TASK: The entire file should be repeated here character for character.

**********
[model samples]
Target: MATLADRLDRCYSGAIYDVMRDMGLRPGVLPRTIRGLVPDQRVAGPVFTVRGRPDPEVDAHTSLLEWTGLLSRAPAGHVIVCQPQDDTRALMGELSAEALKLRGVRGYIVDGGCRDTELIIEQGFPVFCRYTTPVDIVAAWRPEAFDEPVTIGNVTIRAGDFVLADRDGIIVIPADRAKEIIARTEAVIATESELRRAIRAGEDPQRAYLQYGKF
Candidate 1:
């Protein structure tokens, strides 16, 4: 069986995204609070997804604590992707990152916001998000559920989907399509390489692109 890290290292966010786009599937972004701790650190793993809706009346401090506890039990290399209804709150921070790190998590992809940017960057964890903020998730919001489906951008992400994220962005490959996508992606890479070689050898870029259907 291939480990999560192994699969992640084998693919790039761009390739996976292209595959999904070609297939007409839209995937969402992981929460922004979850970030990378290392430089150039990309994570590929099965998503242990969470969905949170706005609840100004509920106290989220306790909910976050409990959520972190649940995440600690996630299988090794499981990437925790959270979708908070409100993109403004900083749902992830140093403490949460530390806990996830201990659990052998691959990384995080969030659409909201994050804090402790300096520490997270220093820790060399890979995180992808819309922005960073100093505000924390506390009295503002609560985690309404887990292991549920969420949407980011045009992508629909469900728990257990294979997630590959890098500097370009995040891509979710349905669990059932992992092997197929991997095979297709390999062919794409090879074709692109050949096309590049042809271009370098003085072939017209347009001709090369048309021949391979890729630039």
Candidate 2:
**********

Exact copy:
[model samples]
Target: MATLADRLDRCYSGAIYDVMRDMGLRPGVLPRTIRGLVPDQRVAGPVFTVRGRPDPEVDAHTSLLEWTGLLSRAPAGHVIVCQPQDDTRALMGELSAEALKLRGVRGYIVDGGCRDTELIIEQGFPVFCRYTTPVDIVAAWRPEAFDEPVTIGNVTIRAGDFVLADRDGIIVIPADRAKEIIARTEAVIATESELRRAIRAGEDPQRAYLQYGKF
Candidate 1:
């Protein structure tokens, strides 16, 4: 069986995204609070997804604590992707990152916001998000559920989907399509390489692109 890290290292966010786009599937972004701790650190793993809706009346401090506890039990290399209804709150921070790190998590992809940017960057964890903020998730919001489906951008992400994220962005490959996508992606890479070689050898870029259907 291939480990999560192994699969992640084998693919790039761009390739996976292209595959999904070609297939007409839209995937969402992981929460922004979850970030990378290392430089150039990309994570590929099965998503242990969470969905949170706005609840100004509920106290989220306790909910976050409990959520972190649940995440600690996630299988090794499981990437925790959270979708908070409100993109403004900083749902992830140093403490949460530390806990996830201990659990052998691959990384995080969030659409909201994050804090402790300096520490997270220093820790060399890979995180992808819309922005960073100093505000924390506390009295503002609560985690309404887990292991549920969420949407980011045009992508629909469900728990257990294979997630590959890098500097370009995040891509979710349905669990059932992992092997197929991997095979297709390999062919794409090879074709692109050949096309590049042809271009370098003085072939017209347009001709090369048309021949391979890729630039």
Candidate 2: